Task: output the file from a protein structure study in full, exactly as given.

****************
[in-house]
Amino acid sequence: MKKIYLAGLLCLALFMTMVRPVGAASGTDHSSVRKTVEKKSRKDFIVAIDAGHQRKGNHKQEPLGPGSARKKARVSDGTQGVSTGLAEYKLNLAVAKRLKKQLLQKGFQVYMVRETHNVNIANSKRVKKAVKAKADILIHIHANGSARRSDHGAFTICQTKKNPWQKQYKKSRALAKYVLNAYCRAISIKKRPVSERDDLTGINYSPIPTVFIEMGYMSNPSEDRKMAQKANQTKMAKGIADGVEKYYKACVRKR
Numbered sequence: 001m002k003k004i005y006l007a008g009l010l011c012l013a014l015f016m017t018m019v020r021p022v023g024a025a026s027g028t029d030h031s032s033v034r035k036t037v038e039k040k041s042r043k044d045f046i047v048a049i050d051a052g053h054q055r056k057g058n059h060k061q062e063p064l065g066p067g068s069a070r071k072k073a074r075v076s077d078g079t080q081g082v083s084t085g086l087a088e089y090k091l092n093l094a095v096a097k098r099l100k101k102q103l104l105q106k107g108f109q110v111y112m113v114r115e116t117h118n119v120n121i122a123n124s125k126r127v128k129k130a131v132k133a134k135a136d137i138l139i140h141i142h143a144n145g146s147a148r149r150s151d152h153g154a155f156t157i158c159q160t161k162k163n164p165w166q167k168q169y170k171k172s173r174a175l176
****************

[in-house]
Amino acid sequence: MKKIYLAGLLCLALFMTMVRPVGAASGTDHSSVRKTVEKKSRKDFIVAIDAGHQRKGNHKQEPLGPGSARKKARVSDGTQGVSTGLAEYKLNLAVAKRLKKQLLQKGFQVYMVRETHNVNIANSKRVKKAVKAKADILIHIHANGSARRSDHGAFTICQTKKNPWQKQYKKSRALAKYVLNAYCRAISIKKRPVSERDDLTGINYSPIPTVFIEMGYMSNPSEDRKMAQKANQTKMAKGIADGVEKYYKACVRKR
Numbered sequence: 001m002k003k004i005y006l007a008g009l010l011c012l013a014l015f016m017t018m019v020r021p022v023g024a025a026s027g028t029d030h031s032s033v034r035k036t037v038e039k040k041s042r043k044d045f046i047v048a049i050d051a052g053h054q055r056k057g058n059h060k061q062e063p064l065g066p067g068s069a070r071k072k073a074r075v076s077d078g079t080q081g082v083s084t085g086l087a088e089y090k091l092n093l094a095v096a097k098r099l100k101k102q103l104l105q106k107g108f109q110v111y112m113v114r115e116t117h118n119v120n121i122a123n124s125k126r127v128k129k130a131v132k133a134k135a136d137i138l139i140h141i142h143a144n145g146s147a148r149r150s151d152h153g154a155f156t157i158c159q160t161k162k163n164p165w166q167k168q169y170k171k172s173r174a175l176